Livestock herding in Niger (photo credit: ILRI/Stevie Mann).
Pastoralism—herding cattle, sheep, goats and other ruminant animals to find new grazing grounds—should be recognized as a key sector in resource management, said experts meeting at a Brussels Development Briefing on Pastoralism held on 22 Feb 2012.
‘Recurring drought and land disputes have recently placed nomadic pastoralists under the media spotlight. Their skill at managing livestock and the quality of the meat they produce . . . is however largely ignored by national political elites.’ In 2011, the African Union began to redress this by launching the Pastoral Policy Framework to strengthen the role played by pastoralism within the African economy.
‘“Nomadic pastoralism is not an evolutionary impasse”, says Jeremy Swift, who has spent most of his working career at the Institute for Development Studies at the University of Sussex in the UK. . . . “Pastoralists here are livestock experts. Far from being a subsistence economy, their contribution to the national economy is significant if seldom acknowledged”. The point made by Swift highlights one of the greatest challenges for pastoralism: being included in the government’s official statistics.
‘It is estimated that there are around 20 million pastoralists in Africa and 50 million in the world. Both these numbers are to be taken with a pinch of salt, however, as they only take nomadic pastoralists into account and not agricultural pastoralists. In West Africa pastoral livestock is one of the keys to integration . . . . In Mali the livestock sector accounts for 44 per cent of the agricultural GNP.
‘. . . The socio-economic advantages of pastoralism are especially relevant in Eastern Africa. In Sudan, the pastoral-dominated livestock sector accounts for 80 per cent of the agricultural GDP and Somalia is the major livestock exporter to the Gulf States. In Ethiopia, the livestock-dependant leather industry is the second largest source of foreign currency after coffee. In Tanzania and Kenya, pastoralism and tourism try to co-exist and in South Africa 60 per cent of the country’s cattle herding exports [are] supplied by pastoral breeders.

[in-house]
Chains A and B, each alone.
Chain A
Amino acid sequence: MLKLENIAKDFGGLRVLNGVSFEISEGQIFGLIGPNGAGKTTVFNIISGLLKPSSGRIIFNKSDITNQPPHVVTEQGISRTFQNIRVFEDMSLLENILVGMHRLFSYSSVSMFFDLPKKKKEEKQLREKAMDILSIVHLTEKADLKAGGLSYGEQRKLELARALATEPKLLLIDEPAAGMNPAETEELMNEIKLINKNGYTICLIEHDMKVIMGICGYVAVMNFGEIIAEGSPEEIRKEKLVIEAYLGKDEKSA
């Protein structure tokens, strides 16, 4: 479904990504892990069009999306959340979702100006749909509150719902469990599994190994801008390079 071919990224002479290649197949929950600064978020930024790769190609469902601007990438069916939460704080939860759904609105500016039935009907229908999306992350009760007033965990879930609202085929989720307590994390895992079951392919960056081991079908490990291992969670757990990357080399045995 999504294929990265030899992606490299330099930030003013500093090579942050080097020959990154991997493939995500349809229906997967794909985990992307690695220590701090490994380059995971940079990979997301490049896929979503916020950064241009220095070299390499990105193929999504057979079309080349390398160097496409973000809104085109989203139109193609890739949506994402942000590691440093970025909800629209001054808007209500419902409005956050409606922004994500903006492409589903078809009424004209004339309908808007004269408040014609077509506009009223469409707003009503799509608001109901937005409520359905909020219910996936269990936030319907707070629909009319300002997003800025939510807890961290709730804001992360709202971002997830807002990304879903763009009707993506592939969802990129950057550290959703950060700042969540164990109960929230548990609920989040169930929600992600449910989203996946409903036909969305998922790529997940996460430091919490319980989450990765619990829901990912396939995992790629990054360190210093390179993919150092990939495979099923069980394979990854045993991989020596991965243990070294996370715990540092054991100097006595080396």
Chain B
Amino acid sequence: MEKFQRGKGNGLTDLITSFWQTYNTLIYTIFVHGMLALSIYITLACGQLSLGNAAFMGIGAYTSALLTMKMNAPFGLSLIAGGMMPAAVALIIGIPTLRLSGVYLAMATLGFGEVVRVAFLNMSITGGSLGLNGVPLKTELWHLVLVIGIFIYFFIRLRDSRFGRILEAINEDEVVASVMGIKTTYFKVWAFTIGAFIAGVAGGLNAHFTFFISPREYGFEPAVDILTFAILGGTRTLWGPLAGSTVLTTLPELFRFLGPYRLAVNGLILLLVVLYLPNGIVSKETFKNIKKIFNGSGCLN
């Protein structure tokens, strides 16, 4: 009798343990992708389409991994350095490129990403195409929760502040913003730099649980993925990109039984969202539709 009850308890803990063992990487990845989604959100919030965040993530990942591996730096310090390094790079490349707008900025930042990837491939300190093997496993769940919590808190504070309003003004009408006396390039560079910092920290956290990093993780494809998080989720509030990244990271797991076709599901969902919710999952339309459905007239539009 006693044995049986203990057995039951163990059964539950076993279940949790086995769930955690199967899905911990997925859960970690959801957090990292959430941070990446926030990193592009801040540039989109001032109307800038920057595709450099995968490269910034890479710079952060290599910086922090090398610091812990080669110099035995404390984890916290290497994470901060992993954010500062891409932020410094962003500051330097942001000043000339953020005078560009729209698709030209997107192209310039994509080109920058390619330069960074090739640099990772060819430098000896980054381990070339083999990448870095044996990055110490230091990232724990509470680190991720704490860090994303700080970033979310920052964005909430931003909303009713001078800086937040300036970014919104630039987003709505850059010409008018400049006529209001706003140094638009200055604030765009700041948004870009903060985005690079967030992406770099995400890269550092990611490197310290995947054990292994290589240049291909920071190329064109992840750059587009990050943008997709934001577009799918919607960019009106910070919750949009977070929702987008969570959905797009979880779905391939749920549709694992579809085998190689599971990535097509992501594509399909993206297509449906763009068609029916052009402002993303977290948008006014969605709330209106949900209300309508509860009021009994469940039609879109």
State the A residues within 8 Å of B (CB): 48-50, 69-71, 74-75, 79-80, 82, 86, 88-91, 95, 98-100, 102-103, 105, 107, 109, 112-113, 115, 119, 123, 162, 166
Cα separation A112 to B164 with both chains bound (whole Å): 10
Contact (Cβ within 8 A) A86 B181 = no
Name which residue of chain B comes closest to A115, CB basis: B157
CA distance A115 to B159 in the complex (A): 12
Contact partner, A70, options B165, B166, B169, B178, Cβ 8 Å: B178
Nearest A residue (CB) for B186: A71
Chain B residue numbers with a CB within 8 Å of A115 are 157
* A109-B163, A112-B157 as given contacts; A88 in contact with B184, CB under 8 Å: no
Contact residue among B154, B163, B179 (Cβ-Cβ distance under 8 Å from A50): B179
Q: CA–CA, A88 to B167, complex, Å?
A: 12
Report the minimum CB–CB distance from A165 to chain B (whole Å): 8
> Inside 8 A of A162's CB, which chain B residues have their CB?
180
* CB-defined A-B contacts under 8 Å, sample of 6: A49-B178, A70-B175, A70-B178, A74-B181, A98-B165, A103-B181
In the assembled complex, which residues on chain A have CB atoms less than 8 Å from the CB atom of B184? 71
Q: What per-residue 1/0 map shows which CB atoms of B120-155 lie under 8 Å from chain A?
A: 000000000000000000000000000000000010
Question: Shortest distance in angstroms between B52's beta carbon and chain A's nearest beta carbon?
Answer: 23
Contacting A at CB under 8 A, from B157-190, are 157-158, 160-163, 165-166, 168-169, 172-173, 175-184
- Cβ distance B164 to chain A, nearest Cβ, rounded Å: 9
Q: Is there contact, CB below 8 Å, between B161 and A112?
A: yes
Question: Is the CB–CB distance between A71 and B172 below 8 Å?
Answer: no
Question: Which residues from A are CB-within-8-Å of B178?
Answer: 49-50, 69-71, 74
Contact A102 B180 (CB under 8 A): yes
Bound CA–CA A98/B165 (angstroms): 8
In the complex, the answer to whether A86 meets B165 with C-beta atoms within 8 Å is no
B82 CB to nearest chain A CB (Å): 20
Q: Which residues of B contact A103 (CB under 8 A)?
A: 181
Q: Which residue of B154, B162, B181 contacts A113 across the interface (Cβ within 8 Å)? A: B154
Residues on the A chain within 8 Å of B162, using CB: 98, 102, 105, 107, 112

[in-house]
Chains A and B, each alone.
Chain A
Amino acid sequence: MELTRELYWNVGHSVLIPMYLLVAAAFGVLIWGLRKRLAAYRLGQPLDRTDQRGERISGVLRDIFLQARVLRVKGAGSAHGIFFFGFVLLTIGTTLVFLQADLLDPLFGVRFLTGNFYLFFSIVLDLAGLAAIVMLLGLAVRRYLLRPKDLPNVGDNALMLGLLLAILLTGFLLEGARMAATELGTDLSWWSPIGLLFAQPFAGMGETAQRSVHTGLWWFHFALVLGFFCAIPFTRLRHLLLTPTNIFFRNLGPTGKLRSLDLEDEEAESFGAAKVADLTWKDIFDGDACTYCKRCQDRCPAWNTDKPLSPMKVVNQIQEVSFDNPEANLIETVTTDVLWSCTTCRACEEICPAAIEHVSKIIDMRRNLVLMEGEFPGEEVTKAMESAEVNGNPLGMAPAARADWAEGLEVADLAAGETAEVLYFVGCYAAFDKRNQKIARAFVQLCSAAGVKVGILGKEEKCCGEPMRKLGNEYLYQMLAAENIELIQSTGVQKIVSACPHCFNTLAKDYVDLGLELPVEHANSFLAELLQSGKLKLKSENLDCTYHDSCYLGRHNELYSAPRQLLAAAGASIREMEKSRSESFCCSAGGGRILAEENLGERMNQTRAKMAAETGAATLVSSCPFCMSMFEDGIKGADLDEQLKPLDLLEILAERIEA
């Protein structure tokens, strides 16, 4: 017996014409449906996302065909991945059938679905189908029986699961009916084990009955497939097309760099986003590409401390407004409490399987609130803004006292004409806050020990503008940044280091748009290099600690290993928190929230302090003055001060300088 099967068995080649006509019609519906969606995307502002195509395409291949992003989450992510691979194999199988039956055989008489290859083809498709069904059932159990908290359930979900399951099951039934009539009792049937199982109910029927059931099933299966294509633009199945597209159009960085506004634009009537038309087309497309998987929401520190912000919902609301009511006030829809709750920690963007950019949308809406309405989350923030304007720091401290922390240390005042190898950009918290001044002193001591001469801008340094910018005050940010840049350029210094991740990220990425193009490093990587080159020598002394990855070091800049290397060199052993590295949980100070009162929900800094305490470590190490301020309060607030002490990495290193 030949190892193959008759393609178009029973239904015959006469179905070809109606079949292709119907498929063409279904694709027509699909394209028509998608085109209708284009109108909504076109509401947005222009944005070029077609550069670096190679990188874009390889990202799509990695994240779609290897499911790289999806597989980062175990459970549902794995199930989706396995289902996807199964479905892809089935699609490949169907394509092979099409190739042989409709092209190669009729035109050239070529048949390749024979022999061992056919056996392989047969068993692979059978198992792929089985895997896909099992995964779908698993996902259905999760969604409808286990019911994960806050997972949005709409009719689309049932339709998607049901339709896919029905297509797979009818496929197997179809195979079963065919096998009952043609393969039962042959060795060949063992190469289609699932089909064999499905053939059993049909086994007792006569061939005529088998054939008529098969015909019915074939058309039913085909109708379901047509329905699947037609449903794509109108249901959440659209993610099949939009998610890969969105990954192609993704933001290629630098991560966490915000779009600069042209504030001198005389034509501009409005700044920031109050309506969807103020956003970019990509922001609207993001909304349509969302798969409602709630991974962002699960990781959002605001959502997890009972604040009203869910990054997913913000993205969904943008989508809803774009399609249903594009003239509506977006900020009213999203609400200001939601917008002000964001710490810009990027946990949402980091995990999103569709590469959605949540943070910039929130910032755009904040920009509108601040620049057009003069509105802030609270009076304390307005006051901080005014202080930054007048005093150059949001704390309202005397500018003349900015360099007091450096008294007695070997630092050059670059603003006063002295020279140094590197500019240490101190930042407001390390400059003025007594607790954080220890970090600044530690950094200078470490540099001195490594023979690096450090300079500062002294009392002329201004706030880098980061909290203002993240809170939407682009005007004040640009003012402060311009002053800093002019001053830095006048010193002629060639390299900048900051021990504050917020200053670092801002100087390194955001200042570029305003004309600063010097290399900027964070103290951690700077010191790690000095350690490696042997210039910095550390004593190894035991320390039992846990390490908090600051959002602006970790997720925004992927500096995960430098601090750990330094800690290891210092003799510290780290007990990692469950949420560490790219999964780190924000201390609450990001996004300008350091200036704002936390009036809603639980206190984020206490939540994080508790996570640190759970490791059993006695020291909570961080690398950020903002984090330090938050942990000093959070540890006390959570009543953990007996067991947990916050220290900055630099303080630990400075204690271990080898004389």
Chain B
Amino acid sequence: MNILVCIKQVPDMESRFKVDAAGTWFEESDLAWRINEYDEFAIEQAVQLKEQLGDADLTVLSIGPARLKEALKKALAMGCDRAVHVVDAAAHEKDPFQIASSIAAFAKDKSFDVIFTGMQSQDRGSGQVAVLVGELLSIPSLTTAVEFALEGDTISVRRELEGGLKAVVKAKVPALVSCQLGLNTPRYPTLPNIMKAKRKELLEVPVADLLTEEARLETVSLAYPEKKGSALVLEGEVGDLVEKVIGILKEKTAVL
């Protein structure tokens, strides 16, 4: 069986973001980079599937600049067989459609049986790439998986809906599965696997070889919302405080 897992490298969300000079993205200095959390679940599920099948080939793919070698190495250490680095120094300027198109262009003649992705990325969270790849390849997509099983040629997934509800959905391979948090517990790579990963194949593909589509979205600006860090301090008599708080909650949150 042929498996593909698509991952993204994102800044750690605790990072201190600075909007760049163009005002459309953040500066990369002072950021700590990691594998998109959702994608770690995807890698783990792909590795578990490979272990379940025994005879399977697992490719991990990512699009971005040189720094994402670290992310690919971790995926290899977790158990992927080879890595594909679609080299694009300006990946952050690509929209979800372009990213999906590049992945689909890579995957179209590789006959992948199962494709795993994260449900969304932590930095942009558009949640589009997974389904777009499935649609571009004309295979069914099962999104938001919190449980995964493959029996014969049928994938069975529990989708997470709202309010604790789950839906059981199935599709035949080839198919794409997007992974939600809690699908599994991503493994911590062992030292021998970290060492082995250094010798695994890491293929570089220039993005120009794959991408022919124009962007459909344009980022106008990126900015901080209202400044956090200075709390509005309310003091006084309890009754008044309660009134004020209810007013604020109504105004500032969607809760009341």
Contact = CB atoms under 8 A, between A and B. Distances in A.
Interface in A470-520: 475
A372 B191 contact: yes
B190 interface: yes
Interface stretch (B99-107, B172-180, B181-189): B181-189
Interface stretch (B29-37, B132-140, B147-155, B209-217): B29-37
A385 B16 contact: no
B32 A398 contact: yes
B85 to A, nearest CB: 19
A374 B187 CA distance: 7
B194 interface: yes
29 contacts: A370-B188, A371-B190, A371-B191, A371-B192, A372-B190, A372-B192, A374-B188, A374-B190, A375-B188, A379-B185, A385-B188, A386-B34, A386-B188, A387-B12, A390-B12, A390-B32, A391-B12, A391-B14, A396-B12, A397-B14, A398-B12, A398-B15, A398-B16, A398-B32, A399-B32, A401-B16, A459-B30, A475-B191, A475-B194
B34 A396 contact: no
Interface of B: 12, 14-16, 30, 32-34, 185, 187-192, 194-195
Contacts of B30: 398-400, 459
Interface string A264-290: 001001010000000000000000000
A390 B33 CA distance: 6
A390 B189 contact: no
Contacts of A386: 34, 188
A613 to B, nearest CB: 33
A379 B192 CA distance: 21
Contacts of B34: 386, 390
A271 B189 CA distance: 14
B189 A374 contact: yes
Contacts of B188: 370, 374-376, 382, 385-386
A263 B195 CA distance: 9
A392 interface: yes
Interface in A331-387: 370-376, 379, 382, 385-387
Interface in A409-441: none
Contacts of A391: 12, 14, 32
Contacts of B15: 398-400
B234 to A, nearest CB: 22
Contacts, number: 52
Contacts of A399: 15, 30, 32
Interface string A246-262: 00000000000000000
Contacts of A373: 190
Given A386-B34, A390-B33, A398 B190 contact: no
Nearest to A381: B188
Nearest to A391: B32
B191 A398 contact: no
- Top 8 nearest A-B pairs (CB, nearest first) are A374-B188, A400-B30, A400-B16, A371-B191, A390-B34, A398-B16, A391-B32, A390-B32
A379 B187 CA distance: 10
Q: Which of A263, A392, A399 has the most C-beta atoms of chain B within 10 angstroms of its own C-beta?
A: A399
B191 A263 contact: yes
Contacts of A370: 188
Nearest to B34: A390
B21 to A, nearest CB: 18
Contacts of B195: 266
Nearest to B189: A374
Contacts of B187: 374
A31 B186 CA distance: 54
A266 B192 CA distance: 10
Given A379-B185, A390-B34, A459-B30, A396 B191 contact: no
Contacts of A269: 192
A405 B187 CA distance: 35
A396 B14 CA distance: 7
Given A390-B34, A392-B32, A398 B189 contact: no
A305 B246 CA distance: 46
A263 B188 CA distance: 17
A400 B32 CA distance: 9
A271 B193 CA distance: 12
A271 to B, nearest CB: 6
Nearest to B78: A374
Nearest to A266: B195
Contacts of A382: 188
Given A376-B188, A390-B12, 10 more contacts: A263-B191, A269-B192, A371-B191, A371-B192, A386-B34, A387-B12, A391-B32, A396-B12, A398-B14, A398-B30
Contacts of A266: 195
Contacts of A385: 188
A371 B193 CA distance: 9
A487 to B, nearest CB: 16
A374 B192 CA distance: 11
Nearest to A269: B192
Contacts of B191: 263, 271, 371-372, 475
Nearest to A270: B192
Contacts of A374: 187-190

‘Being recognised by government statistics is one thing, being properly represented in politically elected bodies and in the social services is another. And yet interesting initiatives are beginning to emerge. . . .
‘Unlike other economic actors, in Africa pastoralists do not have access to credit or insurance which would enable them to safeguard themselves against a whole host of hazards, including weather hazards. A pilot insurance project was launched in Northern Kenya in January 2010.
This system, which will be extended to Ethiopia, has ensured that pastoralists were able to buy food without sacrificing a part of their livestock and protecting them from the risk of falling into extreme poverty,” explains Shirley Tarawali, Director of Institutional Planning at the International Livestock Research Institute (ILRI) based in Nairobi.’
Read the whole article at Afronline: Seeking recognition for pastoralism, a key sector in resource management, 7 Mar 2012.
Read more on the ILRI News Blog, with a link to the presentation made by ILRI’s Shirley Tarawali: Options to enhance resilience in pastoral systems: The case for novel livestock insurance, 22 Feb 2012.
Note: The Brussels Development Briefing on pastoralism in ACP (African, Caribbean and the Pacific) countries was organized by the Technical Centre for Agricultural and Rural Cooperation ACP-EU (CTA), in partnership with the African Union Commission, the European Commission (DG DEVCO), the ACP Secretariat and Concord, and in collaboration with CELEP (Coalition of European Lobbies for Eastern African Pastoralists). This article is published in the framework of an editorial project supported by CTA in the framework of Brussels Development Briefings, but does not necessarily reflect the views of the organization.